An old limerick I wrote about my cat, Yin, who I’m dedicating this post to. She’s still alive. First, I want to start by saying that Yin is the smartest cat I’ve ever known. I’ve known many cats.
She was born either on Easter Sunday, or the Thursday after, on the same year as my son (2001). Her mother and her aunt, identical, pure white sisters, got pregnant at the same time (for a few months we were all walking around the house ready to pop). Snuggles (my mom named her quite aptly) and Luna insisted on sharing their litters, so I’ve no real idea which of the kittens belonged to which mother.
Circumstances forced me to say goodbye to my twins, who both went to very nice homes not long after the kittens were all adopted out. Yin is the only one that stayed in my life and ended up back with me, mostly because she decided I was her human, period.
When she misbehaves, she gets lectured. She actually listens to the lectures, sulking. What’s more, whatever I lecture her about, she stops doing! She meows frequently and in so many different ways and even sings for me when I’m gone too long.
She leads us around when she needs food, water, snuggling in the bed, or whatever she wants like Lassie to Timmy at the well. She often likes to sit in my lap and watch me write and read. We play hide and seek-scare too. No one will ever bully or convince me to give her up. I dread enough that she’s middle-aged and try my hardest not to think about how many years are left for us.
When she lays just so in the light, her extremely soft fur lights up reddish-brown, especially in the summer. The most gorgeous shade of black with red-brown highlights. Perhaps that sounds ordinary enough, but the effect is truly eye-catching to me.
Most of the time she acts rather indifferent. Despite stereotypes, this isn’t typical cat behavior. I’ve met several cats in the past that pine for constant attention and love as much as any “typical” dog. Yin does her own thing when she wants to, likes her space, and likes to act the brat (ambushing my feet or elbows).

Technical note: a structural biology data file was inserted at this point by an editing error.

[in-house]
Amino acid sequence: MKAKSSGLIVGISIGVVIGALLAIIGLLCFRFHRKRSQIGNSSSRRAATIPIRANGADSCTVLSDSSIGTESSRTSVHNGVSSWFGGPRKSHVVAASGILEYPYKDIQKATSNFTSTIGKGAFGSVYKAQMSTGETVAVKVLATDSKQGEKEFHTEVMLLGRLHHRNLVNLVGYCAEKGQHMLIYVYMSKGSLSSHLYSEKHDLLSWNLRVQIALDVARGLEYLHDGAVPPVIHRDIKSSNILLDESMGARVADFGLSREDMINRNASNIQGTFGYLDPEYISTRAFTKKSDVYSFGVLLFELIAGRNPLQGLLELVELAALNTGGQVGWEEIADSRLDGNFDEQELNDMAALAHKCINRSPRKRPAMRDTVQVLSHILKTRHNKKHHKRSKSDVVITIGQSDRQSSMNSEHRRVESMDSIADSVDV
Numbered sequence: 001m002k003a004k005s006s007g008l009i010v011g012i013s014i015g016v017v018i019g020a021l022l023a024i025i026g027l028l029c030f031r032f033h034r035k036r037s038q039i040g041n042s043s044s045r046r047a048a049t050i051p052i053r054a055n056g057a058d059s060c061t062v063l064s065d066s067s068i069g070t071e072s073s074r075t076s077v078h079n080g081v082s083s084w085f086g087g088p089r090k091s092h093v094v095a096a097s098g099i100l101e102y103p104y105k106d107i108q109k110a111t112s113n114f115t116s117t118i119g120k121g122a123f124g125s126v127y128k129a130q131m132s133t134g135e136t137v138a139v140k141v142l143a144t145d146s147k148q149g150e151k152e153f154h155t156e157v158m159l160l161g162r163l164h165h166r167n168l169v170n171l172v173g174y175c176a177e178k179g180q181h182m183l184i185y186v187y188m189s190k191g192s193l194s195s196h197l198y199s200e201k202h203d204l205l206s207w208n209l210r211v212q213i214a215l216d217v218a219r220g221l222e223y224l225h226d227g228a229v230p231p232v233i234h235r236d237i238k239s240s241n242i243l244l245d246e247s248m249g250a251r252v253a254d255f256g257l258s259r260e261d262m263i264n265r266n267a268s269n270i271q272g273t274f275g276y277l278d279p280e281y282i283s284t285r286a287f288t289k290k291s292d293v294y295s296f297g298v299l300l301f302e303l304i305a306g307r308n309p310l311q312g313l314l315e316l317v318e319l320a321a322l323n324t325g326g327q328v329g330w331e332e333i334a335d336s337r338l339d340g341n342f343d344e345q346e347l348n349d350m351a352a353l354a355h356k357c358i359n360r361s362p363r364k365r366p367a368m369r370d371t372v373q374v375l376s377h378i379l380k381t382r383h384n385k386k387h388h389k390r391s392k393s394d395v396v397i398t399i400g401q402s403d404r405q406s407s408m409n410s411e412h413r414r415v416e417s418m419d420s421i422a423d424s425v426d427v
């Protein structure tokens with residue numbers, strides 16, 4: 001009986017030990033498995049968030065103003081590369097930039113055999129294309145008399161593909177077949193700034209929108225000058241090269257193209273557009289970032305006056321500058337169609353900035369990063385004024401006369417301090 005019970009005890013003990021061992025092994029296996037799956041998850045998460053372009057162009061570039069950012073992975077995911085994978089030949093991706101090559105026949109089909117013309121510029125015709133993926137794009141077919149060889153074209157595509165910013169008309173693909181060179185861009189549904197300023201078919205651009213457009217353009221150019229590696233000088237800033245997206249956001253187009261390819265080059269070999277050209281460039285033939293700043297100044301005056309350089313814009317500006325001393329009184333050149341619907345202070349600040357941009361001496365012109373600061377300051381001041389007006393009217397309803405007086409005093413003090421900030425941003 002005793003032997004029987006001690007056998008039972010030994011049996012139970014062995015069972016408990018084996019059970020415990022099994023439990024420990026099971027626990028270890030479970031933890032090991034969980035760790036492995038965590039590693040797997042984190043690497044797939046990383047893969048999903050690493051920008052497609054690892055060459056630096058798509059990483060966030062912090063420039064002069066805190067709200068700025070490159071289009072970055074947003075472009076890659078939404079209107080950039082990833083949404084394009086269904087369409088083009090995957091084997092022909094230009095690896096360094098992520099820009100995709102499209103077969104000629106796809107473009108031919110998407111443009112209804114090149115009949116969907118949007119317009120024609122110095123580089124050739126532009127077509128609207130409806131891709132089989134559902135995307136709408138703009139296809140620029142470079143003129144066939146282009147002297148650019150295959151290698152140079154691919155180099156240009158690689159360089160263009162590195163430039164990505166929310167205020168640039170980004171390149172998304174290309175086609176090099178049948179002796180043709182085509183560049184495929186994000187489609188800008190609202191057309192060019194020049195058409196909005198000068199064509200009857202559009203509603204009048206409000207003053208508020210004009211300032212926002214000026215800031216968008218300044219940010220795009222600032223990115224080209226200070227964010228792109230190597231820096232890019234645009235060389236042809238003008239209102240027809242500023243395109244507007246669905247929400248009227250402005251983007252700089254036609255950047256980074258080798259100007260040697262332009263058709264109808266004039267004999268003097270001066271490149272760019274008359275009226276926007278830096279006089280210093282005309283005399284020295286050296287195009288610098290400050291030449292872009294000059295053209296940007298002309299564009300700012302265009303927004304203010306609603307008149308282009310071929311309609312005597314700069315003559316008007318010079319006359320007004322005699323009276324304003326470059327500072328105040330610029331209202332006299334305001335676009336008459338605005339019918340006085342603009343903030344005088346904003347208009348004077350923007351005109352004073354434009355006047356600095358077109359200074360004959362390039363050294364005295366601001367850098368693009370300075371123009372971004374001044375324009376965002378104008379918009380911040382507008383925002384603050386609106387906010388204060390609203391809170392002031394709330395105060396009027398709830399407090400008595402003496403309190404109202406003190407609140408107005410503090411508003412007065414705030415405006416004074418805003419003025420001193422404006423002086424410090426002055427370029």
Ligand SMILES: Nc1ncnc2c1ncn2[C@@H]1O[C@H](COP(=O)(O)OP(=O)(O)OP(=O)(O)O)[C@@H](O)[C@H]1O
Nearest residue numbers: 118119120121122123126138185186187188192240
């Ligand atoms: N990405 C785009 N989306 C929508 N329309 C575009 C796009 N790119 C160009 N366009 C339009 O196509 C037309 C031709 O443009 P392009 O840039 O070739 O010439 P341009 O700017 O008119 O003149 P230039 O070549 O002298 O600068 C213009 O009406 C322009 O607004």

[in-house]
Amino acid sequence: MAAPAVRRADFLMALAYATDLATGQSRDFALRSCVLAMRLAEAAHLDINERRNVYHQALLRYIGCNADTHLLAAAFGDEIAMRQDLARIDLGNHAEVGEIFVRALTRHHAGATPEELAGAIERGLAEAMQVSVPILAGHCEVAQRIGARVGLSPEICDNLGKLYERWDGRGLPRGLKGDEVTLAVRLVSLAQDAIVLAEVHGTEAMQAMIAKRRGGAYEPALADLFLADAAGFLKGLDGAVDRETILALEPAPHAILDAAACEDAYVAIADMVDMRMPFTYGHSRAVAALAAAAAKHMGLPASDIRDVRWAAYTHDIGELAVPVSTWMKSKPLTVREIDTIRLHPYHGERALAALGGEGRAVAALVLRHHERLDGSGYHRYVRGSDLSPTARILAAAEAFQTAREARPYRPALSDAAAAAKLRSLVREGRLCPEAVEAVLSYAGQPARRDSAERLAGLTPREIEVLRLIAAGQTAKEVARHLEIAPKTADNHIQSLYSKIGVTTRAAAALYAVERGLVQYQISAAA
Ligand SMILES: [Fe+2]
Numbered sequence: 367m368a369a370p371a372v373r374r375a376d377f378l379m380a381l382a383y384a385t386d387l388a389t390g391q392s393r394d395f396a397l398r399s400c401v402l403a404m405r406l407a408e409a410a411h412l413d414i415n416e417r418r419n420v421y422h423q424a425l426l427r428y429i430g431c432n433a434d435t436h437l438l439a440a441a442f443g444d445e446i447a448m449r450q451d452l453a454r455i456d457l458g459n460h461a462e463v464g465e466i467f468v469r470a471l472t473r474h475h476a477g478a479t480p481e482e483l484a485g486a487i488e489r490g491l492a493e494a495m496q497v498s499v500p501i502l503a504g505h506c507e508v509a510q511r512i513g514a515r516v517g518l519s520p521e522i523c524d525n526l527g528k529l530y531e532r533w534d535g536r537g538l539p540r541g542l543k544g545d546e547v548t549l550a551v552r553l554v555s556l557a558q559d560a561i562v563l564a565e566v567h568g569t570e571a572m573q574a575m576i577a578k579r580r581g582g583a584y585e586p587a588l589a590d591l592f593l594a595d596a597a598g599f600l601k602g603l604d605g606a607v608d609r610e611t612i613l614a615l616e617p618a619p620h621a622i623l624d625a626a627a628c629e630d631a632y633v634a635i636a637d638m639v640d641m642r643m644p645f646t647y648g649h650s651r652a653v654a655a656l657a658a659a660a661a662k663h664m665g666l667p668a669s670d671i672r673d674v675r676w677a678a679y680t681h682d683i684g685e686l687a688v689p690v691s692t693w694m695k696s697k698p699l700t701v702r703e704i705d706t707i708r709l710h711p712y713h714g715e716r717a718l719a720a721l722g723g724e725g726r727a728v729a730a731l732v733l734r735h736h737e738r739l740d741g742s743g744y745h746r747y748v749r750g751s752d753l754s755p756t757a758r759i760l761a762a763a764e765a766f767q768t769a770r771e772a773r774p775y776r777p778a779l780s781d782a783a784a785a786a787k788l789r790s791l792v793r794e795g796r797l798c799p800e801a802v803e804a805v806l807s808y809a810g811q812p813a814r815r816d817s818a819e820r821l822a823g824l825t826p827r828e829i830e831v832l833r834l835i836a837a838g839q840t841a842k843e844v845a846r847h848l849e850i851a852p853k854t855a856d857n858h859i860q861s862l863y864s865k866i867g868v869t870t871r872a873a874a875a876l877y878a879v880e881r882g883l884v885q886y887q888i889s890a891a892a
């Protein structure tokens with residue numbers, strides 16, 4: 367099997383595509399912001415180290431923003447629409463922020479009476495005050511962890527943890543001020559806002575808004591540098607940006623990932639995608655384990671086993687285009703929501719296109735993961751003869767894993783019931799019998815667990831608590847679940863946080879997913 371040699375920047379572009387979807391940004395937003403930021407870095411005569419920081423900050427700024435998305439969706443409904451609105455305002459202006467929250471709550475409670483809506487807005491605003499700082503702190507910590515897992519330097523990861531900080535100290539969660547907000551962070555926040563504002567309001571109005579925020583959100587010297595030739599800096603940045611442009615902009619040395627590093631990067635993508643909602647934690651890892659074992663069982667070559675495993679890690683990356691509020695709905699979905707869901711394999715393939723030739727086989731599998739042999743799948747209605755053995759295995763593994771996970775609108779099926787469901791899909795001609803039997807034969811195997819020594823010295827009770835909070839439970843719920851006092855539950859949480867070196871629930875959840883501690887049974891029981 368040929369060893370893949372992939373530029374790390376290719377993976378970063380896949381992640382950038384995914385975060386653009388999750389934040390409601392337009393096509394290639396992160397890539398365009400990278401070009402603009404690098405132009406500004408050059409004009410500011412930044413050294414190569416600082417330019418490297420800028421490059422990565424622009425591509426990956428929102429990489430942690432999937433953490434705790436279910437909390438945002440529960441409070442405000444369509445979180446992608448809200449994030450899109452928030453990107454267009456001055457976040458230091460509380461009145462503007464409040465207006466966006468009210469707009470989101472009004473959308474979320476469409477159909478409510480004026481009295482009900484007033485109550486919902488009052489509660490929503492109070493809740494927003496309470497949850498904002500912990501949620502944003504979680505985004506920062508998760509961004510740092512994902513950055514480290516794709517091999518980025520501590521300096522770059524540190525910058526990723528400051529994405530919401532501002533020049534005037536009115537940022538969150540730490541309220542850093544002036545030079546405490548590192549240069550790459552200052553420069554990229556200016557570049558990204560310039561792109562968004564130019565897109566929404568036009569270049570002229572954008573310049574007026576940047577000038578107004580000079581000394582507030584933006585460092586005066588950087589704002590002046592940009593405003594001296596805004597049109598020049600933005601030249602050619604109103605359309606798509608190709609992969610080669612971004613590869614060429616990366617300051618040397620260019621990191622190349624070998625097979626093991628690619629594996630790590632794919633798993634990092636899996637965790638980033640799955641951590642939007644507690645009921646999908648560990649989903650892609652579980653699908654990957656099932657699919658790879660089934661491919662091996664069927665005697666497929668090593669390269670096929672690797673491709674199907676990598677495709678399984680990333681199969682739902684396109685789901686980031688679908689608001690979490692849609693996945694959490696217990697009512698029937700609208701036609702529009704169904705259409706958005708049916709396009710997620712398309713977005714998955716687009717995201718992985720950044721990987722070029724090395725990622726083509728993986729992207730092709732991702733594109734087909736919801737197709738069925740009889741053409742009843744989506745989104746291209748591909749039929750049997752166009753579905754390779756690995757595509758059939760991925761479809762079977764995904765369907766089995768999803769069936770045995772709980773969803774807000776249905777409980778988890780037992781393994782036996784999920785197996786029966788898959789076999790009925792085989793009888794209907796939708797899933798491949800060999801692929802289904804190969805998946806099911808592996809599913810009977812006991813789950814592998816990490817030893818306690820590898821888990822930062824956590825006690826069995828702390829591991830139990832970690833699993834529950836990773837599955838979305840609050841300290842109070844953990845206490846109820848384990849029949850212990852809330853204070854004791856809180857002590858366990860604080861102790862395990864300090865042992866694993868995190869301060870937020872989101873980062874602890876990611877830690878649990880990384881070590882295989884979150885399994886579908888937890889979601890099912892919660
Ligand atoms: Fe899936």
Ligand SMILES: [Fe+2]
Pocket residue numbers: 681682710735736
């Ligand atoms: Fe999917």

She always knows when I need her though. Always. Most recent example: A few nights ago I got to reading about all sorts of pain around the world. My empathy and frustrated sorrow kicked into overdrive and I cried my eyes out for these people. Yin ran up meowing, jumped on the recliner’s footrest and reached a paw out in a patting gesture.
I looked down at her and she mewed at me, purring loudly. She rubbed at my hands and knee and climbed into my lap. Once there, she stood up, paws on my chest. I find it interesting to realize the silence around her purr. It seems she looked at me and we talked, without either of us actually saying a single word. She finished with a rubbing nudge to my chin and a very human-like concern for comforting me. I scooped her up and let her “baby” me. Only in moments when I hurt that badly does she let me hold her so close and tight (but not too tight) and purr. I cried into her fur while she occasionally petted or patted me with one paw and her head. Usually she’s there before I start crying.
I love this cat. I really love this cat. She’s awesome, gorgeous, the Einstein of the feline world and I’m her person. I feel so very blessed by that.
From the other side of my living room she meowed just now, then flopped over on her back to strike her “cute pose.” I swear she went to a secret school of cute.
Her sixth sense for when I need comfort (no one else in the house will know I’m crying, but she’ll run in from the other room anyway) also kicks in at amusing times. For example, when I sing anything by Evanescence, or anything similarly “sad.” I pour my voice into it, if I’m sitting down, she’s soon in my lap worry-meowing and trying to comfort me. Like now, singing “Good Enough” and here she comes, meowing.
Do you have an amazing animal companion too? Yin and I look forward to reading about them in the comments. Yes, she’s in my lap now, watching the screen.